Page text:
Ryke’s face hardens to stone. And his eyes narrow in empathy, which I’m sure Lo does not appreciate. “Let’s start with an easier question then. How’d you two meet?”
“Childhood friends,” Lo tells him. “You want to know if I took her virginity too? I didn’t. Some prick beat me to it.”
“Lo!” I grab a pillow, about to hide behind it.
Ryke keeps his challenging gaze on Lo. “That’s interesting.” He finds the loss of my virginity interesting—that’s just great. “Did you lose your virginity to her?”
Lo drinks at this.
Ryke rolls his eyes. “I’ll take that as a yes. Is she the only girl you’ve ever been with?”
I interject, “I don’t see what this has to do with anything.”
“No,” Lo ignores me. “I’ve slept with other girls.”
“I wasn’t talking about sex.”
Lo holds Ryke’s stare. “Long term, yeah. Same for her.”
I wonder if Ryke is adding up all the years that I’ve enabled Lo, helping facilitate his addiction. When his eyes flicker to me with a sliver of contempt, I know he probably is. I can change things now. It may hurt our relationship, but I’ve found a way.
I crawl over to Lo and press my shoulder against his. He finishes his drink, and before he stands, I wrap an arm around his waist, keeping him here.
His cold eyes cut me, and he whispers lowly, “I’m not in the mood.” He disentangles my hands from him and steps over my feet to go to the kitchen. I sit back like he socked me in the gut.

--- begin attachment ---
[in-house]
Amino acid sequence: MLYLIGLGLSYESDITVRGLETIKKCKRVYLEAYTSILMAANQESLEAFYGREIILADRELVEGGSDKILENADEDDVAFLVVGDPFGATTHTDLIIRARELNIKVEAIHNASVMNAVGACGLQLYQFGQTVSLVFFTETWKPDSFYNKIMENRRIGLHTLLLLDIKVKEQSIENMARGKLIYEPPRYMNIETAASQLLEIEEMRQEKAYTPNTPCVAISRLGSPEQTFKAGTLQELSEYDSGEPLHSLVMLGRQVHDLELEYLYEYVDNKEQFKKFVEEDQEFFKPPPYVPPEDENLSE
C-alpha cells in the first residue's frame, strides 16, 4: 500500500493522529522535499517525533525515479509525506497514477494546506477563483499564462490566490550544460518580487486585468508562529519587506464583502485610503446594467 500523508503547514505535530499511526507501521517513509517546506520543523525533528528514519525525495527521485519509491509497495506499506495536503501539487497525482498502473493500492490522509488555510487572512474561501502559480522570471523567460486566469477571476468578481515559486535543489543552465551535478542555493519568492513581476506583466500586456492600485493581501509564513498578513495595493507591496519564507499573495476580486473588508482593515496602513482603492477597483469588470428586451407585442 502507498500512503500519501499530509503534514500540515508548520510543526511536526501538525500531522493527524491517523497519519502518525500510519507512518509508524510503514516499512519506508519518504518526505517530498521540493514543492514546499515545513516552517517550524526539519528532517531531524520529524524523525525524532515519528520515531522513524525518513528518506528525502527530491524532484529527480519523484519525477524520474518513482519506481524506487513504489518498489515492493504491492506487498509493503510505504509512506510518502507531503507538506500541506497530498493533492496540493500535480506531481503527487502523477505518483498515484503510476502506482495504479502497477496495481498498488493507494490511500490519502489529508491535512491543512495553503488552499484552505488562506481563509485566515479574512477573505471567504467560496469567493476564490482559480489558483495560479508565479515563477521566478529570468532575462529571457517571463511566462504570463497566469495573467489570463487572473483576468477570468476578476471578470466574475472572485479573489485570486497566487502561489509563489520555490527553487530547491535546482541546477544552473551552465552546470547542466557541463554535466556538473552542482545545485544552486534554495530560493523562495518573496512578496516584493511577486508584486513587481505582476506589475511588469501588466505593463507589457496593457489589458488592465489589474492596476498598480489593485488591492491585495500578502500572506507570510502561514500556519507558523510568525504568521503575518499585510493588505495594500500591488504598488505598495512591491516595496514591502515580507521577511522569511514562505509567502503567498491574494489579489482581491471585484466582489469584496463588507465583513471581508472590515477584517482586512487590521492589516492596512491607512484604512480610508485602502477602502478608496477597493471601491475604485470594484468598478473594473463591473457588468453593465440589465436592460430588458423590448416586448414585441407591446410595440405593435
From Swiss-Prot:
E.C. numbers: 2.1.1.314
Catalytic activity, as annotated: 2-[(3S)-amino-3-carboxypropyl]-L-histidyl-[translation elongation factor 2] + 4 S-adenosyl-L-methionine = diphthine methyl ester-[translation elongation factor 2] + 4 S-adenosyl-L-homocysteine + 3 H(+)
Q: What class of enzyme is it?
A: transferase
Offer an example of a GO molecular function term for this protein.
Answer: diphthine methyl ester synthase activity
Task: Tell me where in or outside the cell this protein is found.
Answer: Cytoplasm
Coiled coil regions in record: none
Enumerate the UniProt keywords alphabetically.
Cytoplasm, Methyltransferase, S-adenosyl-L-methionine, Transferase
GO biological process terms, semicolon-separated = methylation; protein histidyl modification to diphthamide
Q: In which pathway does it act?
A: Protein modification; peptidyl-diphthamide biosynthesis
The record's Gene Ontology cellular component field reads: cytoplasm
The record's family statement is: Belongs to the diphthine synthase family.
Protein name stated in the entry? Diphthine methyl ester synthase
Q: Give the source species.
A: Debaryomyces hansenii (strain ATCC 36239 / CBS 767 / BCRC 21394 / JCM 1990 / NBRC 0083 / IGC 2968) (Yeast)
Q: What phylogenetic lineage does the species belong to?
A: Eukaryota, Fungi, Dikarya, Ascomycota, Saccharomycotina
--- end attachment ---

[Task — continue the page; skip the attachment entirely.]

“You okay?” Ryke whispers.
Tears build. “I don’t know what to do,” I mutter.
“If I come over there, will he strangle me?”
My eyes burn. “I’m not even sure anymore.”
Ryke tests the waters and plants his butt on the cushion next to me. “You’re doing a decent job, Lily. I just don’t understand why you haven’t tried sooner.” Because we have a system that cannot be disrupted.
“He’s not hurting anyone,” I try to defend in a small whisper. “He’s never hurt anyone, Ryke.”
“Seems to me he’s hurting you.”
I shake my head. “Me? No, I’m fine.”
“Then why are you crying, Lily?”
I wipe the traitorous tears, and Lo enters without a drink but carries Ryke’s bundle of dry clothes. He throws them on his lap.
“It’s time for you to leave.” Lo won’t even look at me.
Ryke stands tensely, holding the clothes. He edges towards Lo and whispers to him, “Your girlfriend is upset, Lo. Can’t you see that?” He’s trying to guilt him into sobriety. I doubt that’ll work.
“Don’t act like you know her.”
“I know her enough.”
“You don’t know shit. You’d be f**king spinning if you did.” He motions to the shirt that Ryke wears. “Keep my clothes. I don’t need them.”
“Fine. I’ll see you soon.” With this, he makes his exit, the door slamming shut.
Lo wipes his mouth and says, “I’ll be in my room.”
My chest caves. We should talk, but what do I say? Lo, I wish you would stop drinking. And he’d say, Lily, I wish you’d stop having so much sex. And then we’d look at each other and wait for the other to say okay, I’ll change for you. But there’d be silence so deep and cutting that I’d feel ripped open and bare. There’s no coming back from that.
I respond in the only way that makes sense to me. “I’m sorry for putting you in that situation. I’m really, really sorry, Lo.”